How to calculate a company's carbon footprint
In order to reduce a company's carbon footprint, it first needs to be suitably measured. This has to be based on good methodology, defining its scope, collecting and analysing both direct and indirect data. These factors enable us to calculate the carbon footprint of our company, and establish an effective action plan in which the reduction objectives are detailed by means of specific actions.
Some of the measures to reduce the footprint may involve changes in workers' habits, reorganising spaces, and adjusting to new standards of efficiency and technology.
Calculating the carbon footprint step by step:
- Activity data: One of the methods to calculate the carbon footprint consists of multiplying the data for the activity (or consumption) by the emission factor. The data for the activity indicate how much of that activity generates greenhouse gases. An example could be the amount of fuel used to maintain heating.
- Emission factor: This indicates the amount of greenhouse gases emitted by each unit of the activity data. These emission factors vary depending on the company's activity.
- Result: The calculation resulting from this formula will be a specific amount of carbon dioxide equivalent (CO2 eq), which can be measured in grams, kilograms, tons, etc. Based on this, a reduction plan should be elaborated and any regulations and changes required need to be established.
Measures to reduce a company's carbon footprint
Some companies that are now very aware are concerned about addressing this situation and are taking steps to reduce their carbon footprint:
- One of the best practices is ecological and forest restoration on damaged lands throughout Spain. This is what Endesa is doing.
- Companies like Seat have developed one of the most significant and largest photovoltaic plants in the world. They have managed to generate 17 million kW/h per year. This is equivalent to the energy needed for 20% of the production of its León model.
- The cement company Cemex is committed to reducing its emissions by 25% by next year, and to developing construction solutions that are more sustainable and energy efficient.
In addition to companies as important as these, all workers can contribute if the management of the organisations instils the 3 'R's: Reduce, Re-use and Recycle. These principles are essential, since there are elements that may be in our hands for just a few minutes, but that will remain on the planet for millions of years. We ought to be thinking whether they could have another use before throwing them away.
There are many ways to minimise waste in our daily lives. From taking a cloth bag when going to the supermarket, to avoiding the purchase of packaged products or those that are packaged in plastic or glass. Buying in bulk, using one bag for a number of products, re-using bottles and boxes, all these are good options, as well as using re-cycling bins properly.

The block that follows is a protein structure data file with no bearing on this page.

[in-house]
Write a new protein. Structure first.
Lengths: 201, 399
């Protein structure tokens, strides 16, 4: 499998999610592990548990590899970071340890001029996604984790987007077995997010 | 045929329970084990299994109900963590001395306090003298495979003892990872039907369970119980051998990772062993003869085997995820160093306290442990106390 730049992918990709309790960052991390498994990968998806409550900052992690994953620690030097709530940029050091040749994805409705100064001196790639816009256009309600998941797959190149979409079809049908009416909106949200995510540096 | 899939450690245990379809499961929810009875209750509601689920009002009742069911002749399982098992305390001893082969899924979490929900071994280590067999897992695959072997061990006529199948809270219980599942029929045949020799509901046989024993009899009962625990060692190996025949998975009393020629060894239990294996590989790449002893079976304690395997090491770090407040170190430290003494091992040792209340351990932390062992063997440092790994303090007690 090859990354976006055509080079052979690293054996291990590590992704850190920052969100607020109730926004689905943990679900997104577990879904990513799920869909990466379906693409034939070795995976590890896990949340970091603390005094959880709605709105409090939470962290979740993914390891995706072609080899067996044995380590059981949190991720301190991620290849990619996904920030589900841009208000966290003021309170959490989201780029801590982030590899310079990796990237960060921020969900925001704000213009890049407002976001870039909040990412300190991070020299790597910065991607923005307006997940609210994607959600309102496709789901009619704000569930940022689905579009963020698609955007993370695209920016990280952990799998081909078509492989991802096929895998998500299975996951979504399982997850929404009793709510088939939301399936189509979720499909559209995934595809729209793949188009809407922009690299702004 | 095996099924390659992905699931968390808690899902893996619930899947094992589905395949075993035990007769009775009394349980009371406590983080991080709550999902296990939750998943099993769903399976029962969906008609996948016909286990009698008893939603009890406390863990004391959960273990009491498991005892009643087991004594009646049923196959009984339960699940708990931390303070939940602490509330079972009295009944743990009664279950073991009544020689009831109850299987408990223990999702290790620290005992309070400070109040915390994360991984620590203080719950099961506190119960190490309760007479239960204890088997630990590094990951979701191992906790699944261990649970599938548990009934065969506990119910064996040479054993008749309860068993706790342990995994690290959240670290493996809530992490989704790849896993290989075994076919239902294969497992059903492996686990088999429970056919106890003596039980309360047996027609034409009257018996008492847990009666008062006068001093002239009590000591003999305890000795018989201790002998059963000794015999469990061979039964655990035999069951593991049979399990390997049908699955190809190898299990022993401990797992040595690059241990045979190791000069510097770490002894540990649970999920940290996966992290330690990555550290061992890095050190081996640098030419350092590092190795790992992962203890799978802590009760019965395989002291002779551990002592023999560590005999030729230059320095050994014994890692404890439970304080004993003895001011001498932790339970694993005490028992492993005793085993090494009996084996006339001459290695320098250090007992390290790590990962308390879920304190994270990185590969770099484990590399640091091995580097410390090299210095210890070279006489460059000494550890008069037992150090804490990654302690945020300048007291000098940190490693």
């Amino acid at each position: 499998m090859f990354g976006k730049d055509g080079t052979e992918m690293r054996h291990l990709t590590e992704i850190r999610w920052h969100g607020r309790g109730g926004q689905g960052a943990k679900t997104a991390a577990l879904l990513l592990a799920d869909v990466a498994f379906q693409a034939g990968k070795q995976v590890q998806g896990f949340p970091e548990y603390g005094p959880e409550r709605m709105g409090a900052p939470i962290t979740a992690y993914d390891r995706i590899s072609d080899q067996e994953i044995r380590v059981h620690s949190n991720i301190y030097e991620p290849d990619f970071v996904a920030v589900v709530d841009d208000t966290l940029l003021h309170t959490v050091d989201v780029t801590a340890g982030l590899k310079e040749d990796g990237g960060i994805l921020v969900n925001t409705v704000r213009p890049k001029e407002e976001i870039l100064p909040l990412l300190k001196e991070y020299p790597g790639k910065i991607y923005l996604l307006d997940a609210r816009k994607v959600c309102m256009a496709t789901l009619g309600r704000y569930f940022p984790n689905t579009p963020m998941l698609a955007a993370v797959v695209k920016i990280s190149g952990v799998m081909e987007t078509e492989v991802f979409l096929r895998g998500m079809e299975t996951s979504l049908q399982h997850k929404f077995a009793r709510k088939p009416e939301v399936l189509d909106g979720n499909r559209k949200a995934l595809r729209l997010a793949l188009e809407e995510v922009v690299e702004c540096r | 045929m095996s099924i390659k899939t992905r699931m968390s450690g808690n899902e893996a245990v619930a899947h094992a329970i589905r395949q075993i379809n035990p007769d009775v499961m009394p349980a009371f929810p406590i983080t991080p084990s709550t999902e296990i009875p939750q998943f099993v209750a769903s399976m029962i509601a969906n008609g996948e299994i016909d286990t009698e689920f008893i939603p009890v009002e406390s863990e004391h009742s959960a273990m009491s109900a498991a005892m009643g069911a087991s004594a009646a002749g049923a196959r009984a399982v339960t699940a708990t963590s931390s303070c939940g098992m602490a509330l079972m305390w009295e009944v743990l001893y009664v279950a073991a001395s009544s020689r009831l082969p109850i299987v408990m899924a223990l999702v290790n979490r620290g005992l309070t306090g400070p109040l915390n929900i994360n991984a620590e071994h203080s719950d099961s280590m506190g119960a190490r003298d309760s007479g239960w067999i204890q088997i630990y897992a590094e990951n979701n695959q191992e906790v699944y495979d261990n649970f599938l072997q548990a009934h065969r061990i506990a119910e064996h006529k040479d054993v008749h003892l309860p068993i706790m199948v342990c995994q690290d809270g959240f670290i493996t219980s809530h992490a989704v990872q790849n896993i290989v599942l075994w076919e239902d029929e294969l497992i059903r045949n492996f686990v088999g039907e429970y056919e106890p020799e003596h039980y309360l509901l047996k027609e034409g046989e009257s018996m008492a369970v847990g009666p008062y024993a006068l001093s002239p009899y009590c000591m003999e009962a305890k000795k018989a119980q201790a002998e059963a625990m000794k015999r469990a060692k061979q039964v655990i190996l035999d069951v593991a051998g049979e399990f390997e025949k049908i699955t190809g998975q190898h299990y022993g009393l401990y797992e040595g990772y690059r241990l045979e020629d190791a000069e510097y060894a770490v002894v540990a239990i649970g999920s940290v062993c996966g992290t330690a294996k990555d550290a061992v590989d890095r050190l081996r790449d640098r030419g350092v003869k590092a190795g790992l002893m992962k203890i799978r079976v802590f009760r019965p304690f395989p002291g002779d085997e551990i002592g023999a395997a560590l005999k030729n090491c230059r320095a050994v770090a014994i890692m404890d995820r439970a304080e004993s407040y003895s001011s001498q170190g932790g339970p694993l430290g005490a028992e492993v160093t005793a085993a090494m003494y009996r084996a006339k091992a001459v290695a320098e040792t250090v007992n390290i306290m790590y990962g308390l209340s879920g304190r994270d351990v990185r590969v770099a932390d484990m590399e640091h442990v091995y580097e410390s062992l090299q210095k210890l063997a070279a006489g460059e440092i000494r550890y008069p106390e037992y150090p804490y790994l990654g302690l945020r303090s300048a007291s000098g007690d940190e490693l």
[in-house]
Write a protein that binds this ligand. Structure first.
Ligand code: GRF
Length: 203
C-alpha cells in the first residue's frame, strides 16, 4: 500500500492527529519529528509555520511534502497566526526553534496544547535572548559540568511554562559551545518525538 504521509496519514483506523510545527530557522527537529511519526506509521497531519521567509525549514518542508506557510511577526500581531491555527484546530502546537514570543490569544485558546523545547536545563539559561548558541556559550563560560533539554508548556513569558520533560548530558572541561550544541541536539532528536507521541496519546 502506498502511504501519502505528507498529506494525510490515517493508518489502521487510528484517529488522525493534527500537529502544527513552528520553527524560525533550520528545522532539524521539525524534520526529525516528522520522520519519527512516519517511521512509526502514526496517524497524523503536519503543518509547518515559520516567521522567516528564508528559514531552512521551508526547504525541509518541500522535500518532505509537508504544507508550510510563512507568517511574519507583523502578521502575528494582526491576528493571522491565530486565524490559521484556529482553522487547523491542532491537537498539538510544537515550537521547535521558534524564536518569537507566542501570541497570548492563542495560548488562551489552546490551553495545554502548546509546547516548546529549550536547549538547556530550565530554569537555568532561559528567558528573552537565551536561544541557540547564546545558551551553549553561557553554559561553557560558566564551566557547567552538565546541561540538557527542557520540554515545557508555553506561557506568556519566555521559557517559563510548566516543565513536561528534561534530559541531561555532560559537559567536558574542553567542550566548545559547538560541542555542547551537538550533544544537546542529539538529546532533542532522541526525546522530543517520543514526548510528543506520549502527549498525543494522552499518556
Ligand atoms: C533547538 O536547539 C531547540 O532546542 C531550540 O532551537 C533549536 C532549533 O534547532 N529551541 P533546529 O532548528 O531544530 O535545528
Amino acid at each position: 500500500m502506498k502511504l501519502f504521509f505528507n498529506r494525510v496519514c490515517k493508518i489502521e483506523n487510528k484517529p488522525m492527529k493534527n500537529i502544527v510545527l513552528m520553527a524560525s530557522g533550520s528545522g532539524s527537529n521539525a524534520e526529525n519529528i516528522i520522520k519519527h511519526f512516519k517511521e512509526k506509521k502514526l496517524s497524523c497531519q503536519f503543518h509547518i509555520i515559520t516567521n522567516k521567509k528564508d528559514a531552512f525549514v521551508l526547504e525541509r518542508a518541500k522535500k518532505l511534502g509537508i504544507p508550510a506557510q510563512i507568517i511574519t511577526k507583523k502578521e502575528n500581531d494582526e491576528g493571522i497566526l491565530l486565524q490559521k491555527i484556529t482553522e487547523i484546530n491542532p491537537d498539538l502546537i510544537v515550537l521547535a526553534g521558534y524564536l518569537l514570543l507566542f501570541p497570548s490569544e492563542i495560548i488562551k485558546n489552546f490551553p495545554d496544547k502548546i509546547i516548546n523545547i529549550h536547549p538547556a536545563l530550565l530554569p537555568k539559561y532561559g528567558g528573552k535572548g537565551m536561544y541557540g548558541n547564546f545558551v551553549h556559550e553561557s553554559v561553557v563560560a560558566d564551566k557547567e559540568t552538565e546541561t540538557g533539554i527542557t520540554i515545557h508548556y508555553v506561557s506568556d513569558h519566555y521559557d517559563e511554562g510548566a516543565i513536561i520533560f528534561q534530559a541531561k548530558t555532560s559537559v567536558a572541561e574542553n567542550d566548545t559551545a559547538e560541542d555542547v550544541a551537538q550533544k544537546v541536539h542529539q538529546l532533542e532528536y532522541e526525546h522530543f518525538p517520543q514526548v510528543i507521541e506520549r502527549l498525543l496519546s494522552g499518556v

The sustainable use of electricity at home is another ideal measure that is easy to implement. Reduce the hours you use domestic appliances, make the most of the washing machine's capacity, adjust the thermostat on air-conditioning systems, use energy-saving light bulbs or LEDs, and unplug equipment that you are not using. In addition to these measures, Endesa can also help you save money and take care of the environment by consuming only renewable, sustainable and green energy when you contract the Única tariff.
Manage procedures online to avoid having to travel by car to in-person appointments, or consider options such as public transport, scooters, bicycles and electric cars. Find out how many things in your daily schedule you can do on foot or in an electric vehicle.
How to reduce the carbon footprint of an SME
Endesa, with the collaboration of the Excellence in Sustainability Club, have drawn up a guide to good practices for CO2 management with a view to reducing the carbon footprint of companies and SMEs.
It is possible to make a gentle transition towards decarbonisation which avoids new investment in fossil fuels and ensures security of supply. This involves using electricity as the source of energy.
Spain has made a firm European commitment to achieving a carbon-neutral economy by 2050. This involves the application of different rules with regard to public policies and business initiatives.
A commitment to energies that guarantee greater sustainability enables the suitable management of the companies that use them, as they conscientiously examine the impact of their carbon footprint and this is what enables them to reduce it. If you have an SME, we can show you the help available to make your business more energy efficient.
We have developed a guide to help you to manage the opportunities and risks of the greenhouse effect, since it covers emissions from right across the business value chain. This makes carbon an essential part of decision-making.